R&D Reactions To High-Technology Import Competition
AbstractFor a seventeen-year panel covering 308 U.S. manufacturing corporations, we analyze firms' R&D spending reactions to changes in high-technology imports. On average, companies reduced their R&D/sales ratios in the short run as imports rose. Individual company reactions were heterogeneous, especially for multinational firms. Short-run reactions were more aggressive (i.e., tending toward R&D/sales ratio increases), the more concentrated the markets were in which the companies operated, the larger the company was, and the more diversified the firm's sales mix was. Reactions were less aggressive when special trade barriers had been erected or patent protection was strong in the impacted industries. Companies with a top executive officer educated in science or engineering were more likely to increase R&D/sales ratios in response to an import shock, all else equal. Over the full 17-year sample period, reactions may have shifted toward greater average aggressiveness.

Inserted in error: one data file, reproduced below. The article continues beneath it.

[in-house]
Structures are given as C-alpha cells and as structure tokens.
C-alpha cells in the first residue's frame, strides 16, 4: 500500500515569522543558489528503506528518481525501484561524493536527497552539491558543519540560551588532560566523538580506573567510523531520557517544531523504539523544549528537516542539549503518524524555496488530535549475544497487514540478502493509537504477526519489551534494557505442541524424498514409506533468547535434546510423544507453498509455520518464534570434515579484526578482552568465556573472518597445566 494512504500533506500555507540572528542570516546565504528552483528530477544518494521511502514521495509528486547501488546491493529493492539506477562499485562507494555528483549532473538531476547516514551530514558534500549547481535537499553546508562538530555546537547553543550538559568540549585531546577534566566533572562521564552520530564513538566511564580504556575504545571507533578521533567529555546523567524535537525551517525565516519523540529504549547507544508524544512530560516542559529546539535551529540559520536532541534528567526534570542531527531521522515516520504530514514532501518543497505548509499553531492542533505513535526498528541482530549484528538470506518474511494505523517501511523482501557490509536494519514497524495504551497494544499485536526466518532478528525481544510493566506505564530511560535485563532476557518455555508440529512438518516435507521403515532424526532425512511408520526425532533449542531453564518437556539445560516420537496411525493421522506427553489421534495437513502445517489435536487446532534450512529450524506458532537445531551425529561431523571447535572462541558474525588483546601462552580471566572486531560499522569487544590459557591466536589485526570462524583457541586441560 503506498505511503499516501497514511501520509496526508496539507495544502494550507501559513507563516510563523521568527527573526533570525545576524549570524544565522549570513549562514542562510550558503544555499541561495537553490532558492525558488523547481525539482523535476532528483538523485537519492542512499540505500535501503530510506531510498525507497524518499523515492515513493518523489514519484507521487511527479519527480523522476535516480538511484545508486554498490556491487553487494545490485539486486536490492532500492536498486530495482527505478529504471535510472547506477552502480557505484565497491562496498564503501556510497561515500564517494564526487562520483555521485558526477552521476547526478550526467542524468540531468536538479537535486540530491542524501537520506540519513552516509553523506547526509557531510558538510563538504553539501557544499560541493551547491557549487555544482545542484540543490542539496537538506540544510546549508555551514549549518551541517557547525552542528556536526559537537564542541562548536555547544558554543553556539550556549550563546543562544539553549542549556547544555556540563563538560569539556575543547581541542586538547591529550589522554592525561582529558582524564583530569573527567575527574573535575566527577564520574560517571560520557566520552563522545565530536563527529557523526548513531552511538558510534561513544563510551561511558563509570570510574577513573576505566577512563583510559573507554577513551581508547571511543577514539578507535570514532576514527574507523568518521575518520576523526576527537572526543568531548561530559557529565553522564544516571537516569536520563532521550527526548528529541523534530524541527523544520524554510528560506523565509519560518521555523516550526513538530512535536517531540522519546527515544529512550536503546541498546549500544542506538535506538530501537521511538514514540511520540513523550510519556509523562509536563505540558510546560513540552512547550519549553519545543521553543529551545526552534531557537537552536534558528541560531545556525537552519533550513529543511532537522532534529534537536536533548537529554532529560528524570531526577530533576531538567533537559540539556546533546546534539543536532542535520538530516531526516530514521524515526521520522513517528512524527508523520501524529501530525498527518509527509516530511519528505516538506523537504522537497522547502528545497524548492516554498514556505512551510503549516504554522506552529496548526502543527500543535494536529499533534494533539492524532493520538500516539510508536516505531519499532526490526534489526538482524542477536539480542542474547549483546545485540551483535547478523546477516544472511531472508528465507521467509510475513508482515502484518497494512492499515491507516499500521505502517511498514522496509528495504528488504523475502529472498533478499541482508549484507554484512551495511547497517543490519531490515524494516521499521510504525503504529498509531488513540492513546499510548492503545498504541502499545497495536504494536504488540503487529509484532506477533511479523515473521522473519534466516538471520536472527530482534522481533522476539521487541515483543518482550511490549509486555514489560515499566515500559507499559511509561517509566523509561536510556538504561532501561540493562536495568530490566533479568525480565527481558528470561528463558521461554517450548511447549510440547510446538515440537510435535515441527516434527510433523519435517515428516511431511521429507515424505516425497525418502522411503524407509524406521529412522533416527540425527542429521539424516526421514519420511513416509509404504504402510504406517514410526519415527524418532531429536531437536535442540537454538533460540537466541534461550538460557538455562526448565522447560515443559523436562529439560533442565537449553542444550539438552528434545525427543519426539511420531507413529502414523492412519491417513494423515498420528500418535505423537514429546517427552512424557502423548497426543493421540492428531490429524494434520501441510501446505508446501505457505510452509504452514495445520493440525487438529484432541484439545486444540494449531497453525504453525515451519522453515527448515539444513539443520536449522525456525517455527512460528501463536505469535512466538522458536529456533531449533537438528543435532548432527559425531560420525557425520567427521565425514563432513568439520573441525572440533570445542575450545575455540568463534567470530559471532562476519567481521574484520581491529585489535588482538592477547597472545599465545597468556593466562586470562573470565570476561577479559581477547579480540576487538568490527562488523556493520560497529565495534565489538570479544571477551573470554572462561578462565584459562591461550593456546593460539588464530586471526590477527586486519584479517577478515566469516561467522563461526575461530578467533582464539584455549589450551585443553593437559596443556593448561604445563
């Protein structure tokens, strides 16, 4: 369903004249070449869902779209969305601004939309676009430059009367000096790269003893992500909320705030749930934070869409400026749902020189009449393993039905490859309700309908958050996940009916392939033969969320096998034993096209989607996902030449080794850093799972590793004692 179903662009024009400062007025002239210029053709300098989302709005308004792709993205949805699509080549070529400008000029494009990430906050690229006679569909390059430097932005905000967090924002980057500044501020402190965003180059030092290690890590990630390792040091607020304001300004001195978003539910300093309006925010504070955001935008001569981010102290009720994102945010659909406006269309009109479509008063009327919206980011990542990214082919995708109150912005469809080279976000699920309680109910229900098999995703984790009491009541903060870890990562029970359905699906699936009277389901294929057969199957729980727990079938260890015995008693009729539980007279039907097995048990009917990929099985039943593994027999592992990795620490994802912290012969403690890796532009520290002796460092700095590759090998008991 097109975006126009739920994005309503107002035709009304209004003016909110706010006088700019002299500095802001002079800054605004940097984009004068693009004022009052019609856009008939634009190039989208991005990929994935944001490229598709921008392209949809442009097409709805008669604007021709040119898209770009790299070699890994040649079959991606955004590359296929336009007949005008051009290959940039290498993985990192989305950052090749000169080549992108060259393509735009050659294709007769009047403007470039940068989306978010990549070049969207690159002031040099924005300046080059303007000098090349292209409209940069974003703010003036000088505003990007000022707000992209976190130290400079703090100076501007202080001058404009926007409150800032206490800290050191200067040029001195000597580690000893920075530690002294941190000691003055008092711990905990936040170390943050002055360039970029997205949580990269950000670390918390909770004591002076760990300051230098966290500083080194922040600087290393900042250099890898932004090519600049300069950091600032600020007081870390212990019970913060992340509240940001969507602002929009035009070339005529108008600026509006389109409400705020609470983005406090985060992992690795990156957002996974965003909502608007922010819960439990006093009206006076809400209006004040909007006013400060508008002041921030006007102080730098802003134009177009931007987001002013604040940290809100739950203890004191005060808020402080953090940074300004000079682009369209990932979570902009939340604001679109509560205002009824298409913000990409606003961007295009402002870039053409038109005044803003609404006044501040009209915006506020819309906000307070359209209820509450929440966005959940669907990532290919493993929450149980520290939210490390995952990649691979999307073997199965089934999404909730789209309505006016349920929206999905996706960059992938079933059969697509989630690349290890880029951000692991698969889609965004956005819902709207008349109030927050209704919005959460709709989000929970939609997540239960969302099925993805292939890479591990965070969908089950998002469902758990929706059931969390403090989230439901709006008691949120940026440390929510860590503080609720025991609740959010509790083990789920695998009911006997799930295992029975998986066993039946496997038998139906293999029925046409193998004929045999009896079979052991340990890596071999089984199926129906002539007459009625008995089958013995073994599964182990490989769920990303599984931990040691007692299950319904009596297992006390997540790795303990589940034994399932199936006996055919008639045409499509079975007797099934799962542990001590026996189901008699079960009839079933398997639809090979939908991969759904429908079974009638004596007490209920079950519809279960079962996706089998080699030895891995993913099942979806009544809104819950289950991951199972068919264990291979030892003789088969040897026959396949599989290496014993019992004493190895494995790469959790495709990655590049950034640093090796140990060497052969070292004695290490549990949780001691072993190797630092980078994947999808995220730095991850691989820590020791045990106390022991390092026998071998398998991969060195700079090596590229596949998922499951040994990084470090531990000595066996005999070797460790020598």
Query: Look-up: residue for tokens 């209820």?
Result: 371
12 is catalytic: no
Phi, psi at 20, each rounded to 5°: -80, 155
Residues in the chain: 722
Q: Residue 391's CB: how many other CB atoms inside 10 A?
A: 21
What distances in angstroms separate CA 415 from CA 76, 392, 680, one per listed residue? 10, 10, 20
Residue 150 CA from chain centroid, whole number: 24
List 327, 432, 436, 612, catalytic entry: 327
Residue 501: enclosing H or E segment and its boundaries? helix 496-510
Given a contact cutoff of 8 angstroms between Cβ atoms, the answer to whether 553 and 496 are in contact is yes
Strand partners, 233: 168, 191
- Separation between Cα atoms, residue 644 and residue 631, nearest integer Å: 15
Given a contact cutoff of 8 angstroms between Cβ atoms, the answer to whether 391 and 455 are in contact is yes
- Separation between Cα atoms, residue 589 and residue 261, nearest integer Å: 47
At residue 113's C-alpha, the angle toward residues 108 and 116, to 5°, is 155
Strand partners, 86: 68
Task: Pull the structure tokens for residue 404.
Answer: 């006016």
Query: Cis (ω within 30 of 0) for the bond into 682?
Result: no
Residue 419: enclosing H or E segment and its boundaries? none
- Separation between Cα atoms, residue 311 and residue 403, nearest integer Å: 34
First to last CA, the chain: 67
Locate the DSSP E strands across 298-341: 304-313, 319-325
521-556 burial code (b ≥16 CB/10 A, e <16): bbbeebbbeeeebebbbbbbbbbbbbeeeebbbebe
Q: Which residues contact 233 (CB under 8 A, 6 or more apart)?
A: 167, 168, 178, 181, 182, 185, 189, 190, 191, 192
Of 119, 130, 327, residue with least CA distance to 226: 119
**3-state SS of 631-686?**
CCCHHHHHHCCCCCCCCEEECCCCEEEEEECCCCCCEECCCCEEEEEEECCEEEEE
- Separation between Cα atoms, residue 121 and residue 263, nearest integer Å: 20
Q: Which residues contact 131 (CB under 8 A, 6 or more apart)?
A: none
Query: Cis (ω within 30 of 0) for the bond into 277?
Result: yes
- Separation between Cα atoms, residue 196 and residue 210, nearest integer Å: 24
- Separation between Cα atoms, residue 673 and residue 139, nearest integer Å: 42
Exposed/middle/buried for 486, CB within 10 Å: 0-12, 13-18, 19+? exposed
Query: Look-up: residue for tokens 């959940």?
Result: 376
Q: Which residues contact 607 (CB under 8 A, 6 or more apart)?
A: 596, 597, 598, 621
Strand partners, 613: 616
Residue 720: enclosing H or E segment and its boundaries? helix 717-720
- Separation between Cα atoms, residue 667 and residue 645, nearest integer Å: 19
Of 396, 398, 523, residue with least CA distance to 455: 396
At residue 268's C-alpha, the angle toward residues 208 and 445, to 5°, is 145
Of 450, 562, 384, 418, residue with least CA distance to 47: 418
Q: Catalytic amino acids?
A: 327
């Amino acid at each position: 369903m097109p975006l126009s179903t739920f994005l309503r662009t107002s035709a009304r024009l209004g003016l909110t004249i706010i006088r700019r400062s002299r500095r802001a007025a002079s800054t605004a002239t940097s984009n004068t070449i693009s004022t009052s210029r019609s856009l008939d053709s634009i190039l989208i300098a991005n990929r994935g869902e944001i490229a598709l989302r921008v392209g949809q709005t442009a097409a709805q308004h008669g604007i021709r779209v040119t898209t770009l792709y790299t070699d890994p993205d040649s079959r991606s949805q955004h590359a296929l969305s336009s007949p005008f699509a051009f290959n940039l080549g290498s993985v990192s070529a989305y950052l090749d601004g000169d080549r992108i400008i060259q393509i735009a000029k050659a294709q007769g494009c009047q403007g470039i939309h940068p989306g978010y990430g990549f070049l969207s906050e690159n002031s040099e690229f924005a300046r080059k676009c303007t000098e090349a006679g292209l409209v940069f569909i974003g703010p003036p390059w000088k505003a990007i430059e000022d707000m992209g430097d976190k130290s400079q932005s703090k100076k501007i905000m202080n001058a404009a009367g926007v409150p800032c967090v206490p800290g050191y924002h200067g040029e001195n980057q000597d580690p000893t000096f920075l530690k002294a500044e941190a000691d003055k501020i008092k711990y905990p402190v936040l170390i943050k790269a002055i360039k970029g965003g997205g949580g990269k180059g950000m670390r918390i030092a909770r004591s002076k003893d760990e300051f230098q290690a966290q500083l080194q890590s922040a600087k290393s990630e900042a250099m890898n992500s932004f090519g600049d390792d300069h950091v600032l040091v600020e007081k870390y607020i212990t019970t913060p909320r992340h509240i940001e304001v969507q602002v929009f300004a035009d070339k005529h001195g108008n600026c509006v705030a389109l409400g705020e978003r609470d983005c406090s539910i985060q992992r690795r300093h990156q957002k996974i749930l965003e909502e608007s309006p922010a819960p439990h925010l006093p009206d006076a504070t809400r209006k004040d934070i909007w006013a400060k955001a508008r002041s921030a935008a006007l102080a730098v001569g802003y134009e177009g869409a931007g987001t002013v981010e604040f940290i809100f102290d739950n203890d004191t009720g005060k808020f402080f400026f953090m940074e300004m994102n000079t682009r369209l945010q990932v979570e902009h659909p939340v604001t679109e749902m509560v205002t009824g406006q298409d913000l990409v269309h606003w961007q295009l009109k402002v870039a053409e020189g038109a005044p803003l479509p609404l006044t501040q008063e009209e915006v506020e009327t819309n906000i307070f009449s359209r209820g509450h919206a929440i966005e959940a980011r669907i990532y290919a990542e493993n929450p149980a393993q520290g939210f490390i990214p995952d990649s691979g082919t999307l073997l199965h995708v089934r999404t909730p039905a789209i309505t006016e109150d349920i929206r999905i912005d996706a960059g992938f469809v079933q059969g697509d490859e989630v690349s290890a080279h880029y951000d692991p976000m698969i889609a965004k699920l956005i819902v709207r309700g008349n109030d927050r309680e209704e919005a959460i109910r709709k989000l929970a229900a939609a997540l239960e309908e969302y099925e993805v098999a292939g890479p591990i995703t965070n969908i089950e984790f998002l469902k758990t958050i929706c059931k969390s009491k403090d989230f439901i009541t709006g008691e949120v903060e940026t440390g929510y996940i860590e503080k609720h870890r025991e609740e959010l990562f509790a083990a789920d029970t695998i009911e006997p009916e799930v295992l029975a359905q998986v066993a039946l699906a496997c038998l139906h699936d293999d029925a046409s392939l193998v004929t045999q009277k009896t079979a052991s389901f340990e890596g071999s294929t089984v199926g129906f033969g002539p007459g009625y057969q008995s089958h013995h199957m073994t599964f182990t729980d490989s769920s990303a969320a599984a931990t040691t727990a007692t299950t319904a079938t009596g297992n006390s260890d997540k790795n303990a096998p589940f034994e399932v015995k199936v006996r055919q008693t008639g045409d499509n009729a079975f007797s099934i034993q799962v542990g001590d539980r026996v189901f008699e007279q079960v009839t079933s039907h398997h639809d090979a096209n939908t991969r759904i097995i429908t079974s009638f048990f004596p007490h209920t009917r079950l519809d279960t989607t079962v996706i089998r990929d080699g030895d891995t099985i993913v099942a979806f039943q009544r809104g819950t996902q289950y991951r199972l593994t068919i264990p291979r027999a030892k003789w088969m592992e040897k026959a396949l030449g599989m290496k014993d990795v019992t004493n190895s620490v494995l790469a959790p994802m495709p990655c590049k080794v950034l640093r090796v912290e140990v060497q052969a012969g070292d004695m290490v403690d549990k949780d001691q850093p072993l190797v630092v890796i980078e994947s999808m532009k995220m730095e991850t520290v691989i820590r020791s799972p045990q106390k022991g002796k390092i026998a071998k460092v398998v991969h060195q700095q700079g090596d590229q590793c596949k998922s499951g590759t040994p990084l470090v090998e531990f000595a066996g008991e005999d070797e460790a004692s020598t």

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Bibliographic InfoPaper provided by Center for Economic Studies, U.S. Census Bureau in its series Working Papers with number 91-2.
Date of creation: Mar 1991
Date of revision:
CES; economic; research; micro; data; microdata; chief; economist;
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Elsevier, vol. 31(1), pages 93-118, February.
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